House to vote on measure keeping government open until Nov. 21

House to vote on measure keeping government open until Nov. 21
© Greg Nash
The House is expected to vote next week on legislation to avert a shutdown at month's end and fund the government into late November.
The stopgap measure, known as a continuing resolution, is expected to last until Nov. 21, according to a Democratic aide.
Current funding for the federal government will expire on Sept. 30, meaning Congress will need to take action by then to avoid another shutdown.
The text of the stopgap bill has not yet been released ahead of an expected floor vote next week.
The House passed 10 out of 12 annual appropriations bills over the summer, but the Senate has yet to pass any on the floor because Republicans opted to wait for Speaker Nancy PelosiNancy PelosiSusan Collins asks postmaster general to address delays of 'critically needed mail' Trump says he'd sign bill funding USPS but won't seek changes to help mail voting On The Money: Senate leaves until September without coronavirus relief agreement | Weekly jobless claims fall below 1 million for first time since March | Trump says no Post Office funding means Democrats 'can't have universal mail-in voting' MORE (D-Calif.) and Treasury Secretary Steven MnuchinSteven Terner MnuchinOvernight Health Care: Senate leaves until September without coronavirus relief deal | US records deadliest day of summer | Georgia governor drops lawsuit over Atlanta's mask mandate Senate leaves until September without coronavirus relief deal Federal agencies seize, dismantle cryptocurrency campaigns of major terrorist organizations MORE to strike a budget deal.
While the budget deal established top-line spending levels, lawmakers still have to pass appropriations bills to fund the government. The delay in the Senate has led congressional leaders to acknowledge that a temporary spending patch will be necessary to allow more time for negotiations.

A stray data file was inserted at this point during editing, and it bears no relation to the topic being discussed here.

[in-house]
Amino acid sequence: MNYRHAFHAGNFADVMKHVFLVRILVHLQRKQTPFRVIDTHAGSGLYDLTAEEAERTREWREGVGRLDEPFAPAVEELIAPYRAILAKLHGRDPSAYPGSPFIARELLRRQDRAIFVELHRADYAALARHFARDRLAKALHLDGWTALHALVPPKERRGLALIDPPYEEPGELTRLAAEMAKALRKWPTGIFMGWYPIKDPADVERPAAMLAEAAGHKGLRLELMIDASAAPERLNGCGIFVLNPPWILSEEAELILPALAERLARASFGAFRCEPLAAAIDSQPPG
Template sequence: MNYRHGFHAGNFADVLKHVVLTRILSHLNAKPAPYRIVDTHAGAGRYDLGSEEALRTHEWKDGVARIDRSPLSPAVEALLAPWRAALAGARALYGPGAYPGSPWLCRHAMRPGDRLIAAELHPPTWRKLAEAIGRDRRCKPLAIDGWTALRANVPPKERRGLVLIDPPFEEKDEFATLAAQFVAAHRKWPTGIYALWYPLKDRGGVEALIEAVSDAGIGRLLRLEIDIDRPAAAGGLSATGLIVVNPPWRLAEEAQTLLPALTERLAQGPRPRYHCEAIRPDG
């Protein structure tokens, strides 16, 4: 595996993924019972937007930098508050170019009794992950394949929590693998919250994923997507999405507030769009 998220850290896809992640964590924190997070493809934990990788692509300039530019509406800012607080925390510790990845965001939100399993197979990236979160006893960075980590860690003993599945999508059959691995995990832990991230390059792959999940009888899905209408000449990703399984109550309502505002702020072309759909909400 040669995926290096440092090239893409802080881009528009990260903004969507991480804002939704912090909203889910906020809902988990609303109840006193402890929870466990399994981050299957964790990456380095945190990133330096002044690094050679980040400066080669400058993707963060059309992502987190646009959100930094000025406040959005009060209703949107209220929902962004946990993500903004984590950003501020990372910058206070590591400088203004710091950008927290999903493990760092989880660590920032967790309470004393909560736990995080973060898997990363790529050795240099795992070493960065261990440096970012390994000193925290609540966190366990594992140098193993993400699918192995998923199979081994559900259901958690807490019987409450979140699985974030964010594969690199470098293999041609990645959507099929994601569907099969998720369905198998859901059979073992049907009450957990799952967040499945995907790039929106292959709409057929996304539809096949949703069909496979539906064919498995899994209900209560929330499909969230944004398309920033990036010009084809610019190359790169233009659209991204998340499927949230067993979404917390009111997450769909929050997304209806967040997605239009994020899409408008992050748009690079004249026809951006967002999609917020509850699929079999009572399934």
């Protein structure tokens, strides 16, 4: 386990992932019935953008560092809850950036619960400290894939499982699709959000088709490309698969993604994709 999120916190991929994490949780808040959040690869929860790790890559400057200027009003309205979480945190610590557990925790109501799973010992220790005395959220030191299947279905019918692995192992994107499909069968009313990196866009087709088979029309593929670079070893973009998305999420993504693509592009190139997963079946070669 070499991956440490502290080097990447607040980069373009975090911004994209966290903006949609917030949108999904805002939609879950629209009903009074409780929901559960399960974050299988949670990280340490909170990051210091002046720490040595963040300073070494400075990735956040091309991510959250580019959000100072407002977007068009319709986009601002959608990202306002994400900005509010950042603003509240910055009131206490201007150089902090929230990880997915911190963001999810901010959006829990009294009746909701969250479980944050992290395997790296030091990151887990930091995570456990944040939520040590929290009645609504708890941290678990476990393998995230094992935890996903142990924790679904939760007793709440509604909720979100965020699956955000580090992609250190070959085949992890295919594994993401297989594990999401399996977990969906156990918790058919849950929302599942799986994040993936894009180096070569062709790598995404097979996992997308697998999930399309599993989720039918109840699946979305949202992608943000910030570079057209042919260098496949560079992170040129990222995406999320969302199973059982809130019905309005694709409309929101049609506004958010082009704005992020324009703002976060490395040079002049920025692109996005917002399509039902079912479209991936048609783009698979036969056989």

"I'm disappointed that the Senate failed to pass a single appropriations bill. Not one. Not only that, they hadn't filed any until just the other day when we got back from the summer break," House Majority Leader Steny HoyerSteny Hamilton HoyerLawmakers of color urge Democratic leadership to protect underserved communities in coronavirus talks The Hill's Morning Report - Presented by Facebook - Trump to Democratic negotiators: 'They know my phone number' House will be out of session for additional week in September MORE (D-Md.) said on the House floor Thursday.

"Therefore, as we wait for them to complete their work so that we can begin conference negotiations, a continuing resolution will be necessary to prevent another government shutdown like the one we experienced earlier this year," Hoyer said, referring to the 35-day shutdown that lasted from December into January.
Senate Republicans appear to be warm to the idea of a continuing resolution that lasts into November, shortly before Congress leaves for its Thanksgiving break. Senate Appropriations Committee Chairman Richard ShelbyRichard Craig ShelbyDavis: The Hall of Shame for GOP senators who remain silent on Donald Trump Wary GOP eyes Meadows shift from brick-thrower to dealmaker On The Money: Pessimism grows as coronavirus talks go down to the wire | Jobs report poised to light fire under COVID-19 talks | Tax preparers warn unemployment recipients could owe IRS MORE (R-Ala.) said Thursday that Nov. 21 would be a "rational" date. 
The Senate Appropriations Committee advanced two spending bills on Thursday for defense programs as well as the Department of Energy and water infrastructure.
But Senate negotiations got off to a rocky start earlier this week amid disagreements over abortion and funding for a wall along the U.S.-Mexico border. Republicans then abruptly canceled a subcommittee vote on a bill covering the departments of Health and Human Services, Labor, and Education.
Jordain Carney contributed.